NEW YORK--To launch his new start-up, Sean Parker should have spent less of his billions on celebrity guests and more of it on fixing his technology.
Parker and Shawn Fanning, his ol' partner from the Napster days, today unveiled Airtime, a Web video chat service designed to take up where Chatroulette left off. The launch event was a glitch-filled disaster -- or a marketing coup by Parker.
As he addressed a crowd of journalists and celebrities, Parker's attempt to demonstrate the service was foiled at every turn. Numerous attempts to connect with celebrities via the Web service failed. Not even the microphones worked at some points. But standing by to be witty and save Airtime were a long list of Hollywood actors, musicians, and comedians, including Jim Carrey, Alicia Keys, Julia Louis-Dreyfus, and Joel McHale.
I couldn't tell if we were being put on. Regardless, it was fun. Carrey had the best line of the day when he asked Parker via Airtime: "Where do I click to download music...to destroy the music industry."
Not only was that line comical but it was also poignant. Parker and Fanning gave the world Napster in 2000, the granddaddy of file sharing. The service wrenched the music industry into a completely new shape. The pair said today that they sort of stumbled on their history-making music service and didn't know what they had done until the lawsuits started rolling in.
Because of the success they had there and in the years since, it would be hard to write this duo off, even with a buggy launch for Airtime.
Still, it's tempting to dismiss the service. Here's what I mean: As near as I can tell, Airtime isn't very different from Chatroulette, the service founded by teenage Russian entrepreneur Andrey Ternovskiy. After a massive spike in interest in 2010, Chatroulette just as quickly fell out of favor.
At Chatroulette wasn't the first or last video chat play. There have been lots of them, and none has caught on for any length of time. Cool technology or not, the demand for this kind of service has yet to emerge.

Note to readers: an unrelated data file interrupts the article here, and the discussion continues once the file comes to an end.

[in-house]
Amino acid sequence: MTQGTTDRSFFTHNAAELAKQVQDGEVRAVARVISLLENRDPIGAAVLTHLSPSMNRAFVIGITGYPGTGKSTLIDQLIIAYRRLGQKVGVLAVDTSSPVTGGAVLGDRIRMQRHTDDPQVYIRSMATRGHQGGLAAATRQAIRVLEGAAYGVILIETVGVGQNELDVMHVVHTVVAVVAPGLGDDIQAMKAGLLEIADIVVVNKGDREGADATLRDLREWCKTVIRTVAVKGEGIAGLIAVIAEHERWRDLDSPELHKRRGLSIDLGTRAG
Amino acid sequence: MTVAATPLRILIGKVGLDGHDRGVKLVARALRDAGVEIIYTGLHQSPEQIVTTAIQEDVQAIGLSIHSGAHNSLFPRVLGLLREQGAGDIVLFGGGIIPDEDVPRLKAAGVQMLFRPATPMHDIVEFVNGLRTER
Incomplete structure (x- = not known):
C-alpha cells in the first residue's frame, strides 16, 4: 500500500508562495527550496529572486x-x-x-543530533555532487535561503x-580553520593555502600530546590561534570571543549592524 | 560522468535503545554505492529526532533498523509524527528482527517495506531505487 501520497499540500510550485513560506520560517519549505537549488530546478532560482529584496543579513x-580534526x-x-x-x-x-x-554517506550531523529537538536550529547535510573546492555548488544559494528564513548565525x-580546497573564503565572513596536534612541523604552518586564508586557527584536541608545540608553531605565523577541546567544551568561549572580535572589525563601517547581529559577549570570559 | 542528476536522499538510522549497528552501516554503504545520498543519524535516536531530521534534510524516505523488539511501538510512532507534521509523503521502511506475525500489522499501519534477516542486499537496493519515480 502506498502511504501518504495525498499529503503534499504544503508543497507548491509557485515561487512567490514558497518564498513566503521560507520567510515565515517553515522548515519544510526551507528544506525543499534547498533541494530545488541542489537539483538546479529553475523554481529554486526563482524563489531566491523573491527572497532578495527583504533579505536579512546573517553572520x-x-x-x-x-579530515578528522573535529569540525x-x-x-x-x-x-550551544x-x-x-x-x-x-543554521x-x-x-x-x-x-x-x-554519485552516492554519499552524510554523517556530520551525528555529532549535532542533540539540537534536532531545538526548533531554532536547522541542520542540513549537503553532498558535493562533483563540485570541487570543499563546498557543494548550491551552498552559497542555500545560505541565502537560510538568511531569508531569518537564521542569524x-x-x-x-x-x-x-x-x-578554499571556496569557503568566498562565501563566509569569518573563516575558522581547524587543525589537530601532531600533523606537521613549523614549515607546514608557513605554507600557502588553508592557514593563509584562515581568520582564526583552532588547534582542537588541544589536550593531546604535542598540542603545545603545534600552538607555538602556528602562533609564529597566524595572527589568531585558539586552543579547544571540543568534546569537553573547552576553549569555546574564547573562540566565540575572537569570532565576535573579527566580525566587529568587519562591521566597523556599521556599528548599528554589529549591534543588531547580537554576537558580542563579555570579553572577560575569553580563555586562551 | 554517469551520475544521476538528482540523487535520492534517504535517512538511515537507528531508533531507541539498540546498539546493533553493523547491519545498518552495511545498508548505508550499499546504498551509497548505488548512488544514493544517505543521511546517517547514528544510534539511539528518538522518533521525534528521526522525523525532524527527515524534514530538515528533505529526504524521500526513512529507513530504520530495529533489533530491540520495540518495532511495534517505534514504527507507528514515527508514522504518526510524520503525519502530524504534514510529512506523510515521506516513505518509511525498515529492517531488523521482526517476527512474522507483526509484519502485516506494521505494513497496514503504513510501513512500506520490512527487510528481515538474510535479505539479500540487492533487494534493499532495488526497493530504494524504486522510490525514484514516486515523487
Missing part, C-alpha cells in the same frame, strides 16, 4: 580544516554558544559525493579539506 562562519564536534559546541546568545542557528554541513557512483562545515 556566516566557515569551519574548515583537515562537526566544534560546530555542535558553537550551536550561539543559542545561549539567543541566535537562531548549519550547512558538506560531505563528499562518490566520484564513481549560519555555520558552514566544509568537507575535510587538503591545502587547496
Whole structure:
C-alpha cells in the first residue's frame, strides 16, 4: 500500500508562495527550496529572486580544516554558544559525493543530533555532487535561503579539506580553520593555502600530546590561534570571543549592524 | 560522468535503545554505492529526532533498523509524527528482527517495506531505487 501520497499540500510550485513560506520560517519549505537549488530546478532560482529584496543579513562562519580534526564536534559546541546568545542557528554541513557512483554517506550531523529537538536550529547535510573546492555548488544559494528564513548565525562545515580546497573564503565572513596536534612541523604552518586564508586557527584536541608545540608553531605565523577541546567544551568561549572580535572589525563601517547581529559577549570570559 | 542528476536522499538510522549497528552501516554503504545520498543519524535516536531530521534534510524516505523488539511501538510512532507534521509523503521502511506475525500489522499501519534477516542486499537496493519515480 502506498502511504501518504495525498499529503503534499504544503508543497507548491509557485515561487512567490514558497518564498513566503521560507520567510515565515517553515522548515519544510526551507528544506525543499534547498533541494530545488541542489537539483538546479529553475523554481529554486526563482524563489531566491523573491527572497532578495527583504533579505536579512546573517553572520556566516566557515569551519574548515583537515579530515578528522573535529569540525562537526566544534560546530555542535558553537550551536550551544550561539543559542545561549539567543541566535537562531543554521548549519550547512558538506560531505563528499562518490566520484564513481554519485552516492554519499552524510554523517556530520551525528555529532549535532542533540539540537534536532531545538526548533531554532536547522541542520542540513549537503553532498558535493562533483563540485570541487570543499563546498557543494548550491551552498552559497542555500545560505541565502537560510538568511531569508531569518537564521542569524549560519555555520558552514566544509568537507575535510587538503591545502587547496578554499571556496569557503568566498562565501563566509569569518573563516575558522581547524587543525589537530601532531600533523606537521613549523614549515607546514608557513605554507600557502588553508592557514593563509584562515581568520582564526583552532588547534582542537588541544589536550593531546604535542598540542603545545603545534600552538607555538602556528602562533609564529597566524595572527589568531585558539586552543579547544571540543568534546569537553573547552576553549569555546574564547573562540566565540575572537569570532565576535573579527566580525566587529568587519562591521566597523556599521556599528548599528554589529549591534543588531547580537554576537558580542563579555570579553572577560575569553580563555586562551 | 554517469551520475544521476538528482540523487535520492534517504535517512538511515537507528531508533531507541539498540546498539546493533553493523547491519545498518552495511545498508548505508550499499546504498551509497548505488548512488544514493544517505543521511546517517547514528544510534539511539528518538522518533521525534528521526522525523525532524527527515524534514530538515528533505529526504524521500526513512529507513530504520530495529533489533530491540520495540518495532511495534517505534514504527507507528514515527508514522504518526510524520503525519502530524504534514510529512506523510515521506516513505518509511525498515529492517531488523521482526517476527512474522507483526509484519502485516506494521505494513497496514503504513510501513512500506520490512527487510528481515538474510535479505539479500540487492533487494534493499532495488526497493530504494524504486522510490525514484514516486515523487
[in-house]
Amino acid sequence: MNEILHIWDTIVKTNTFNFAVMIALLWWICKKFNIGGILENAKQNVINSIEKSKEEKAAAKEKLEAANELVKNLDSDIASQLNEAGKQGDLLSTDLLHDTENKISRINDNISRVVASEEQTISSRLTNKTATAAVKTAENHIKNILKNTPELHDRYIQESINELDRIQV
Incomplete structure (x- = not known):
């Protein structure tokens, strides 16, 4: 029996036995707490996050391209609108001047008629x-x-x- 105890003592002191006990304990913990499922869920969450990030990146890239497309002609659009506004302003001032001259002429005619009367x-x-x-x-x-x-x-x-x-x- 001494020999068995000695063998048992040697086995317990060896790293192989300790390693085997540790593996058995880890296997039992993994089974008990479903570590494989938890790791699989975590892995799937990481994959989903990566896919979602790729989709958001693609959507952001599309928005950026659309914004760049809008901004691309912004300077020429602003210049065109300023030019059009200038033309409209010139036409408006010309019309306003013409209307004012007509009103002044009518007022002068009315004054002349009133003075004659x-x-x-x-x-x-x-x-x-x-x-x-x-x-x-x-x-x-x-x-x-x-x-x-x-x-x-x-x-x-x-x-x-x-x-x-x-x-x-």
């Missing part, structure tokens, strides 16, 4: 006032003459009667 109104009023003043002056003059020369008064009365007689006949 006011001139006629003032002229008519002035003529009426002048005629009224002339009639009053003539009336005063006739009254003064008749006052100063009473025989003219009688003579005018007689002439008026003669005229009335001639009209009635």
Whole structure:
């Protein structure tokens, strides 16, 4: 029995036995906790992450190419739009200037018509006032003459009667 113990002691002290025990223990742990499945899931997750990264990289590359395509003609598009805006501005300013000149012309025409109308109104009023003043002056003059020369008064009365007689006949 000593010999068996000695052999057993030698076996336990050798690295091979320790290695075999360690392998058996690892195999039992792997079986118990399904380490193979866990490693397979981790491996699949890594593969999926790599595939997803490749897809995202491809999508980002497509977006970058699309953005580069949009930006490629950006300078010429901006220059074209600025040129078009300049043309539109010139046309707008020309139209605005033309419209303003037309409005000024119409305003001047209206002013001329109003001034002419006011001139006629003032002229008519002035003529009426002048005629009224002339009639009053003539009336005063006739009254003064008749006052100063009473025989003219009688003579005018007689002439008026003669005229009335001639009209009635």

The problem with Chatroulette, which allowed users to chat with strangers from across the globe and quickly hop from one video conversation to the next, has been blamed on male genitalia, and the frequency with which some Chatroulette users displayed theirs over the video service.
Parker joked that among Airtime's top four principles is safety. No. 5? You guessed it, "safety." The secret sauce to defeating the flashers is Facebook, Parker said.
Because Airtime is built on top of a social network like Facebook, there is accountability, Parker told the audience: "The system knows who you are."
In Airtime's terms of service is this information about what managers consider inappropriate behavior on the site:
Nudity or partial nudity
Obscene or vulgar behavior
Sexually suggestive behavior
The list goes on.
As for demand, Parker said the time is right for a video-chat service. He cited some interesting figures for the doubters to chew on. More than 800 million Webcams will ship in 2012.
He added that Airtime is pigging backing on Facebook a service with 950 million users, who generate 3 billion new likes every day. Those close ties to Facebook may be why there are unconfirmed reports that Facebook founder Mark Zuckerberg was seen trying out the service.
Perhaps the best way to project what Airtime may do is by looking at the records of the two founders. The companies that one or the other helped start or has been closely tied to include Facebook, Plaxo, Spotify, Snocap, Rupture and Path. Not all of them were billion dollar companies but they typically featured unique technology and made their presence felt.
Case in point, my colleague Rafe Needleman has given the service a thumbs up in his review, which you can get here.
Correction 6:38 p.m. PT: This story incorrectly stated the number of Facebook users. The correct figure is 950 million.